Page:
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TREASURIES-Yields rise as falling inflation seen unlikely to delay rate hikes
June 30, 2017 / 6:43 PM / 7 months ago

TREASURIES-Yields rise as falling inflation seen unlikely to delay rate hikes

 (Adds data, updates prices)
    * Inflation cools in May
    * 10-year note yields highest in six weeks
    * Fed minutes, payrolls in focus next week

    By Karen Brettell
    NEW YORK, June 30 (Reuters) - U.S. Treasury yields rose on
Friday as inflation data was not seen as weak enough to delay
the Federal Reserve’s expected path on interest rate hikes, and
as investors worried about less accommodative central banks in
    The personal consumption expenditures (PCE) price index fell
0.1 percent in May from April and, when food and energy were
excluded, was up 0.1 percent.             
    The 12-month reading for the so-called core inflation has
been slowing since February, although Fed Chair Janet Yellen
earlier this month said the dip was likely temporary.
    “It’s not enough to make you optimistic about either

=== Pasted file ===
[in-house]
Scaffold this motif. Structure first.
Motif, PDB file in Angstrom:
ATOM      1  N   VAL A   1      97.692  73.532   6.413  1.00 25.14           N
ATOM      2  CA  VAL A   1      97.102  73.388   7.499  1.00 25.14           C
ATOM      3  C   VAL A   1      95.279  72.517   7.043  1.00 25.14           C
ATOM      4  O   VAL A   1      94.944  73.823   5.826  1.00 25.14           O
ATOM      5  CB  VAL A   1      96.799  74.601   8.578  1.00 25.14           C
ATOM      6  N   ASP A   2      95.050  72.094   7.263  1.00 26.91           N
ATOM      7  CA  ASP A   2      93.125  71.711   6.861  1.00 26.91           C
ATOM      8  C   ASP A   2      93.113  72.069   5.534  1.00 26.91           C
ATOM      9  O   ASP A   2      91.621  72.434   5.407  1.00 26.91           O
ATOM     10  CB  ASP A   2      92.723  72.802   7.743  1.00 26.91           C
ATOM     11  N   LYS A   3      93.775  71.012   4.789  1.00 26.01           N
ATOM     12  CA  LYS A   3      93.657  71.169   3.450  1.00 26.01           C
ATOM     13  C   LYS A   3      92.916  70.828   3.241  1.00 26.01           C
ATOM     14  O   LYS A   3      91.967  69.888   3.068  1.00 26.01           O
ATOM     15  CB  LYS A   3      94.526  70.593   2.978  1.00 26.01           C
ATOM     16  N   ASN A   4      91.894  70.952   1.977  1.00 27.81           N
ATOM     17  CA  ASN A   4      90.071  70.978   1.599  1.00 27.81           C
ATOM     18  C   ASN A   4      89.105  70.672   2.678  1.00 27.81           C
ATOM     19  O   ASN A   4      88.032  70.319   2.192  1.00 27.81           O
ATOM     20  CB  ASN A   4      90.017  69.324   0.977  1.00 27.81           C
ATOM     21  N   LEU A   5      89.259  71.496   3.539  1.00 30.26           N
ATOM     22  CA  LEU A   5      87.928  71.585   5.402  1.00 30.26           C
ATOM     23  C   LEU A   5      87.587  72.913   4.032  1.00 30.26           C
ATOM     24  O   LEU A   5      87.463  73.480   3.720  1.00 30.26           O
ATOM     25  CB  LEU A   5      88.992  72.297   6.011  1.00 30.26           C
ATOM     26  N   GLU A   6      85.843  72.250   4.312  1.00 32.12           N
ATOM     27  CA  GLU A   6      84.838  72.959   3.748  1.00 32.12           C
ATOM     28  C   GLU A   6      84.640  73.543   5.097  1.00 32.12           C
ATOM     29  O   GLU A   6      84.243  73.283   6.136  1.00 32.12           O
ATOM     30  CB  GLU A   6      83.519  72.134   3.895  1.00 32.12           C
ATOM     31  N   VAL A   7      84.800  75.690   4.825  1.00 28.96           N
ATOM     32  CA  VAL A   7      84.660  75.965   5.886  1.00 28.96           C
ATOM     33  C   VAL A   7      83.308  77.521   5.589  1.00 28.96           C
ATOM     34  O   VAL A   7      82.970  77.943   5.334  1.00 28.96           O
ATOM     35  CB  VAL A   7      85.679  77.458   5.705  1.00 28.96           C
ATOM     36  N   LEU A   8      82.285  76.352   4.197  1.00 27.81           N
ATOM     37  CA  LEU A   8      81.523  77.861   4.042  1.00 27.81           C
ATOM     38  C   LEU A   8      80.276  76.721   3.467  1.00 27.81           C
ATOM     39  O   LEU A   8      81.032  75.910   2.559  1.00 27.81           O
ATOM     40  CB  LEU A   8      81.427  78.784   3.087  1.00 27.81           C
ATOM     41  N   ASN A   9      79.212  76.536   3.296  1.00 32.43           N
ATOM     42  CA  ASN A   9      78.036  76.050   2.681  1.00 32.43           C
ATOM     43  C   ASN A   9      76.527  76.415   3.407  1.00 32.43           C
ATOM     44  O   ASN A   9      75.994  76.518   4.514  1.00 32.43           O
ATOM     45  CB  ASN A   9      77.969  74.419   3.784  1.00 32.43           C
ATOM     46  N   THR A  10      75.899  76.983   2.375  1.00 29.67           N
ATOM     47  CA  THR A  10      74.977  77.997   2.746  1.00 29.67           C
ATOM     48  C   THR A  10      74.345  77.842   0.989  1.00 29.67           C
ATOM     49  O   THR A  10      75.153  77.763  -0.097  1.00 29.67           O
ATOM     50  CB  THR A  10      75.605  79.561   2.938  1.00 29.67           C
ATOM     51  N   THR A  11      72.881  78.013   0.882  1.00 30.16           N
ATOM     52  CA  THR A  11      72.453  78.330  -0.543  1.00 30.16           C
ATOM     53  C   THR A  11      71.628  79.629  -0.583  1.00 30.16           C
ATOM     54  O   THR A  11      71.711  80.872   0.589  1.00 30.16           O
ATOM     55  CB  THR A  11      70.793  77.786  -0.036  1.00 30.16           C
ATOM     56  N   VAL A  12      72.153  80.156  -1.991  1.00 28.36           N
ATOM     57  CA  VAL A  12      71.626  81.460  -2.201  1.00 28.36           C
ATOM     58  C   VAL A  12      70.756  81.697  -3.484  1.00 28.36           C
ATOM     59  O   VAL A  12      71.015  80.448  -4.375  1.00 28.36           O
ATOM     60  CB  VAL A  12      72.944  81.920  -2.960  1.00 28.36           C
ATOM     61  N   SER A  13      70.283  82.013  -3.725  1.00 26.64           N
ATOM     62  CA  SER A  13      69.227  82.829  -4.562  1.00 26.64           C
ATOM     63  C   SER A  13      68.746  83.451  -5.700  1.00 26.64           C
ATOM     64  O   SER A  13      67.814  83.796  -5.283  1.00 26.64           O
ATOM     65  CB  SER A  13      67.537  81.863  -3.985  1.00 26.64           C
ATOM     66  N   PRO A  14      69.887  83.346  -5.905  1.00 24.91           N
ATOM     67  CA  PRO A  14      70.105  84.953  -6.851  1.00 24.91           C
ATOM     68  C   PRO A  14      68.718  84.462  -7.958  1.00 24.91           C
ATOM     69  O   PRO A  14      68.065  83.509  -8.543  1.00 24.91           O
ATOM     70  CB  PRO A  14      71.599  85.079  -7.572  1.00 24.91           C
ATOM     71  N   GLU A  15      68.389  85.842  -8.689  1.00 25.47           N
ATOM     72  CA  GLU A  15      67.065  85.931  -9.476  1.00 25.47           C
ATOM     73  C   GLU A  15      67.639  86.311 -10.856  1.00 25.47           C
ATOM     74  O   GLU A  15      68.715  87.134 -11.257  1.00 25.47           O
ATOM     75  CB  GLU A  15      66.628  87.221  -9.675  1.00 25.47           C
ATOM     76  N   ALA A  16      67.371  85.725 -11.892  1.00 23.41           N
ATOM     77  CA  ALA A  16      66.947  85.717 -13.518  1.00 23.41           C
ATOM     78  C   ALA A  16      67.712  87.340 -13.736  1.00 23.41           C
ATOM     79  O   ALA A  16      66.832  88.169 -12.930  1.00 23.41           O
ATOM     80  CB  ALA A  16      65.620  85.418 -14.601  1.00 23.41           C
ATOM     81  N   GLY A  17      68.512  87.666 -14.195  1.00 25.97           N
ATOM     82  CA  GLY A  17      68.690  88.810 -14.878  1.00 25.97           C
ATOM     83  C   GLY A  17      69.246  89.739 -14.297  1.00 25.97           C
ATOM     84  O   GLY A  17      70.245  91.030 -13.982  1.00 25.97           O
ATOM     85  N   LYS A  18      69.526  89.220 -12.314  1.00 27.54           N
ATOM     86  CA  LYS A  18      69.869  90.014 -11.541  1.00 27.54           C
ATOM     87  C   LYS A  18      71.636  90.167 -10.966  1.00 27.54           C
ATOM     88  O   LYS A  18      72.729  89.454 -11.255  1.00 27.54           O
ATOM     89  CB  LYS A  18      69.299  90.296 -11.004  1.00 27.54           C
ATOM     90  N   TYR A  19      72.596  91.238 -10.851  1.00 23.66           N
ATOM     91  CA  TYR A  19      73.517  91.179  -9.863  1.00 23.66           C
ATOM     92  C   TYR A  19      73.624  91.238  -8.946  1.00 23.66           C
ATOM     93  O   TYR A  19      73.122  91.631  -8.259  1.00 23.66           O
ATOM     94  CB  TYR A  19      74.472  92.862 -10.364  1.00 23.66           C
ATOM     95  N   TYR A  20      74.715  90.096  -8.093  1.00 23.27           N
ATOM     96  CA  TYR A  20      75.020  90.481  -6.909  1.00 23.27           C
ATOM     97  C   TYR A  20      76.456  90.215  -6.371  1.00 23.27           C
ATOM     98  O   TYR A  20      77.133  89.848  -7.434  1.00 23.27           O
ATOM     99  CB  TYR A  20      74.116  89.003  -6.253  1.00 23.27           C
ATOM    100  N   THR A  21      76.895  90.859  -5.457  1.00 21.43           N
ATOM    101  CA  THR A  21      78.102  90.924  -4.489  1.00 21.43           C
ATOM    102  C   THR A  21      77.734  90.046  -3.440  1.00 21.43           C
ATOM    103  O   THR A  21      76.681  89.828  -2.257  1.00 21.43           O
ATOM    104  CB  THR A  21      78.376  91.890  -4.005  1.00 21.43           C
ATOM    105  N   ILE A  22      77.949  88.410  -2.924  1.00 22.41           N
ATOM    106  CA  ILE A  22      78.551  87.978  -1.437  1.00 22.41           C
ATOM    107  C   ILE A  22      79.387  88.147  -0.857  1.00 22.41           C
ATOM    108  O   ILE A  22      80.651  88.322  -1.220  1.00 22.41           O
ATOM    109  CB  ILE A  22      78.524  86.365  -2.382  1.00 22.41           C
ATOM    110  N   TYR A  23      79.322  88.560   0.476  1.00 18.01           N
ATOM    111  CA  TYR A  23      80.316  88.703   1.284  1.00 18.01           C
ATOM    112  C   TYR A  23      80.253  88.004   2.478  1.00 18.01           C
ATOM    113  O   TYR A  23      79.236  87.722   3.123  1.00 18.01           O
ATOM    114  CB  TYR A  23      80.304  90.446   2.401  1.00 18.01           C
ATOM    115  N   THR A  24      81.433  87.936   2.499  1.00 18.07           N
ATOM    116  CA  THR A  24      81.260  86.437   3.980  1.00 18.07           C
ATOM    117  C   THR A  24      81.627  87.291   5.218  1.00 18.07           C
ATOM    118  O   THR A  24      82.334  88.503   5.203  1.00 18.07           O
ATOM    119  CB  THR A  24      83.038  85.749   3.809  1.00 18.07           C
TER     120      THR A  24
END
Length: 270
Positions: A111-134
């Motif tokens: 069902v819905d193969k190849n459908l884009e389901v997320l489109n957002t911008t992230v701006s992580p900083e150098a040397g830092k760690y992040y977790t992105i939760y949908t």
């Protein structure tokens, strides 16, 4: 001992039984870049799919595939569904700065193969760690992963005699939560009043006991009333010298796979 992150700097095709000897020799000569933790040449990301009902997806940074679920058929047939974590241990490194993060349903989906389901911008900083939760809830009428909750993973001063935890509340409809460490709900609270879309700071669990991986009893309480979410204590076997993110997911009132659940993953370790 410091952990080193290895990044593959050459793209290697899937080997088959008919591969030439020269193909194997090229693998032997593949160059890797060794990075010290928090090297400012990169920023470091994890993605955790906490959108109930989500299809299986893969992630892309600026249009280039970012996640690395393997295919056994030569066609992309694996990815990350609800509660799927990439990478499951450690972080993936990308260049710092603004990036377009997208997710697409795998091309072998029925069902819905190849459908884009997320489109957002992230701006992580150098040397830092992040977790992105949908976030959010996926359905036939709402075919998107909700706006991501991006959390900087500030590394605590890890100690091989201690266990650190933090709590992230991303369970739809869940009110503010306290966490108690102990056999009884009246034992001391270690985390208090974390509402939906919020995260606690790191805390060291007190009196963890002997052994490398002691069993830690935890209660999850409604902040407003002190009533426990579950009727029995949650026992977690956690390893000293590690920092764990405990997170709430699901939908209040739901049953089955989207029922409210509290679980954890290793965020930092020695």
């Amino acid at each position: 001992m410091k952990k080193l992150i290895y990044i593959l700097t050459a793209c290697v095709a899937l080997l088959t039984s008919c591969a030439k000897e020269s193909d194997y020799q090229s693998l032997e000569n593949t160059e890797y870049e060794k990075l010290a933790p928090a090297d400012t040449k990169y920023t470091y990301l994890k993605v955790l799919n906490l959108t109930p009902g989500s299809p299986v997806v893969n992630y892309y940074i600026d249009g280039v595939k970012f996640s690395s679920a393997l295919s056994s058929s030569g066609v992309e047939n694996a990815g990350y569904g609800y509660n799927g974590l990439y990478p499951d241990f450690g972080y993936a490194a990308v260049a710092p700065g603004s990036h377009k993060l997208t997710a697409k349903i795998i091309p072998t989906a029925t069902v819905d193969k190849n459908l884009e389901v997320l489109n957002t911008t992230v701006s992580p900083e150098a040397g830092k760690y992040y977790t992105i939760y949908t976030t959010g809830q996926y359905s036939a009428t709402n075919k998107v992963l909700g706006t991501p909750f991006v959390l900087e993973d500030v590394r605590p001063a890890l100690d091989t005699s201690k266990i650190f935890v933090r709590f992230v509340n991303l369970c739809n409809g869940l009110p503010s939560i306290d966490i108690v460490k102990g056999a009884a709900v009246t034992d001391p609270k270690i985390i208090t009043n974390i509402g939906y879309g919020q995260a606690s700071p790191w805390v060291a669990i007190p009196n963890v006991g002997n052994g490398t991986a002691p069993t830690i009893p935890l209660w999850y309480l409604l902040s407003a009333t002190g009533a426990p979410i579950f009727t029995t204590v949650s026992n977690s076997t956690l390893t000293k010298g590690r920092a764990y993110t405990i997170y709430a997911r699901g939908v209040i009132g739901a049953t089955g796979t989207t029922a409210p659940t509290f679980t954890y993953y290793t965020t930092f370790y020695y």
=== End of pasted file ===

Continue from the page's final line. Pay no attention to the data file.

delaying the Fed or about the potential for actual inflation,”
said Aaron Kohli, interest rate strategist at BMO Capital
Markets in New York.
    Fed officials have indicated another rate hike this year is
likely, while the U.S. central bank is also likely to begin
slowly reducing its bond holdings.
    Other data on Friday showed that U.S. consumer spending rose
modestly in May. The University of Michigan's consumer sentiment
index fell also fell this month to its lowest since November.
    Benchmark 10-year notes             fell 7/32 in price to
yield 2.29 percent, after reaching an more than six-week high of
2.30 percent overnight, up from 2.27 percent late on Thursday.
    The yields have risen from 2.13 percent on Tuesday on
concerns that European central banks would also be less
accommodative at the same time as the Fed continues its
tightening path.
    The 10-year notes are on track for their biggest weekly
yield increase since the week ending March 3. 
    European Central Bank President Mario Draghi said on Tuesday
the ECB might tweak its stimulus so it does not become more
accommodative as the economy recovers. Sources on Wednesday,
however, said he had not intended to signal imminent tightening.
    Bank of England Governor Mark Carney said on Wednesday that
a rise in British interest rates is likely to be needed as the
economy comes closer to running at full capacity.             
    Next Friday’s U.S. employment report for June will be the
next major economic release to give guidance on the Fed’s next
rate hike. The U.S. central bank is also due to release minutes
from its June meeting on Wednesday.

 (Editing by Meredith Mazzilli and Chizu Nomiyama)

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